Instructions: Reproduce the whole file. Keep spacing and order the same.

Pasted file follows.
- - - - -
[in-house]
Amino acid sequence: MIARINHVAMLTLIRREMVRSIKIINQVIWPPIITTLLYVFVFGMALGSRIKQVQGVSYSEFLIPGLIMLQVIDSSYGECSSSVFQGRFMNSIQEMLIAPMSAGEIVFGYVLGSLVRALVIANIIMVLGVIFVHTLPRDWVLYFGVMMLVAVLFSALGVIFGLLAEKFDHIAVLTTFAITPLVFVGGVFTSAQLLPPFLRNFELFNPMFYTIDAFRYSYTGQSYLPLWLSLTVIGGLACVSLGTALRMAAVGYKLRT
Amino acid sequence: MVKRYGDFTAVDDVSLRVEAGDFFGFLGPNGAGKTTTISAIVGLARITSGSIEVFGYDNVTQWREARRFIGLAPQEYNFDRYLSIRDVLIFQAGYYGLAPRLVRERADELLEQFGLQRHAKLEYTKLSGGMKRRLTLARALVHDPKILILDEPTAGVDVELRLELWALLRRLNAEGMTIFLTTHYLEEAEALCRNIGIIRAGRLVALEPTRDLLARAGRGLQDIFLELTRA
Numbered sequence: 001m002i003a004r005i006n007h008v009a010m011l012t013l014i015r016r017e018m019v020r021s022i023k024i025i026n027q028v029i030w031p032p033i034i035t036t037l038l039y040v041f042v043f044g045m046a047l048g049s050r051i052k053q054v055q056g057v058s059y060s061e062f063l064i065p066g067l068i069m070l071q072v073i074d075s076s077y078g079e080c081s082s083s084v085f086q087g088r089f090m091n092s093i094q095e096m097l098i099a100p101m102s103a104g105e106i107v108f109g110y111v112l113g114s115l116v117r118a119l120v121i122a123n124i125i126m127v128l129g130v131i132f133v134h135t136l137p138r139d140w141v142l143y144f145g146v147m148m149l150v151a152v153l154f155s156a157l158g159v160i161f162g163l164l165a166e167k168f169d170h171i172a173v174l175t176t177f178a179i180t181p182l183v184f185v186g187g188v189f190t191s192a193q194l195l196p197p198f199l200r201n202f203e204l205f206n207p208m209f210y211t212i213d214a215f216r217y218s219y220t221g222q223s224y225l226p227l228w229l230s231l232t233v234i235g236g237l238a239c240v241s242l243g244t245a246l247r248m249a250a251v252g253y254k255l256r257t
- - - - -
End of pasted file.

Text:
[in-house]
Amino acid sequence: MIARINHVAMLTLIRREMVRSIKIINQVIWPPIITTLLYVFVFGMALGSRIKQVQGVSYSEFLIPGLIMLQVIDSSYGECSSSVFQGRFMNSIQEMLIAPMSAGEIVFGYVLGSLVRALVIANIIMVLGVIFVHTLPRDWVLYFGVMMLVAVLFSALGVIFGLLAEKFDHIAVLTTFAITPLVFVGGVFTSAQLLPPFLRNFELFNPMFYTIDAFRYSYTGQSYLPLWLSLTVIGGLACVSLGTALRMAAVGYKLRT
Amino acid sequence: MVKRYGDFTAVDDVSLRVEAGDFFGFLGPNGAGKTTTISAIVGLARITSGSIEVFGYDNVTQWREARRFIGLAPQEYNFDRYLSIRDVLIFQAGYYGLAPRLVRERADELLEQFGLQRHAKLEYTKLSGGMKRRLTLARALVHDPKILILDEPTAGVDVELRLELWALLRRLNAEGMTIFLTTHYLEEAEALCRNIGIIRAGRLVALEPTRDLLARAGRGLQDIFLELTRA
Numbered sequence: 001m002i003a004r005i006n007h008v009a010m011l012t013l014i015r016r017e018m019v020r021s022i023k024i025i026n027q028v029i030w031p032p033i034i035t036t037l038l039y040v041f042v043f044g045m046a047l048g049s050r051i052k053q054v055q056g057v058s059y060s061e062f063l064i065p066g067l068i069m070l071q072v073i074d075s076s077y078g079e080c081s082s083s084v085f086q087g088r089f090m091n092s093i094q095e096m097l098i099a100p101m102s103a104g105e106i107v108f109g110y111v112l113g114s115l116v117r118a119l120v121i122a123n124i125i126m127v128l129g130v131i132f133v134h135t136l137p138r139d140w141v142l143y144f145g146v147m148m149l150v151a152v153l154f155s156a157l158g159v160i161f162g163l164l165a166e167k168f169d170h171i172a173v174l175t176t177f178a179i180t181p182l183v184f185v186g187g188v189f190t191s192a193q194l195l196p197p198f199l200r201n202f203e204l205f206n207p208m209f210y211t212i213d214a215f216r217y218s219y220t221g222q223s224y225l226p227l228w229l230s231l232t233v234i235g236g237l238a239c240v241s242l243g244t245a246l247r248m249a250a251v252g253y254k255l256r257t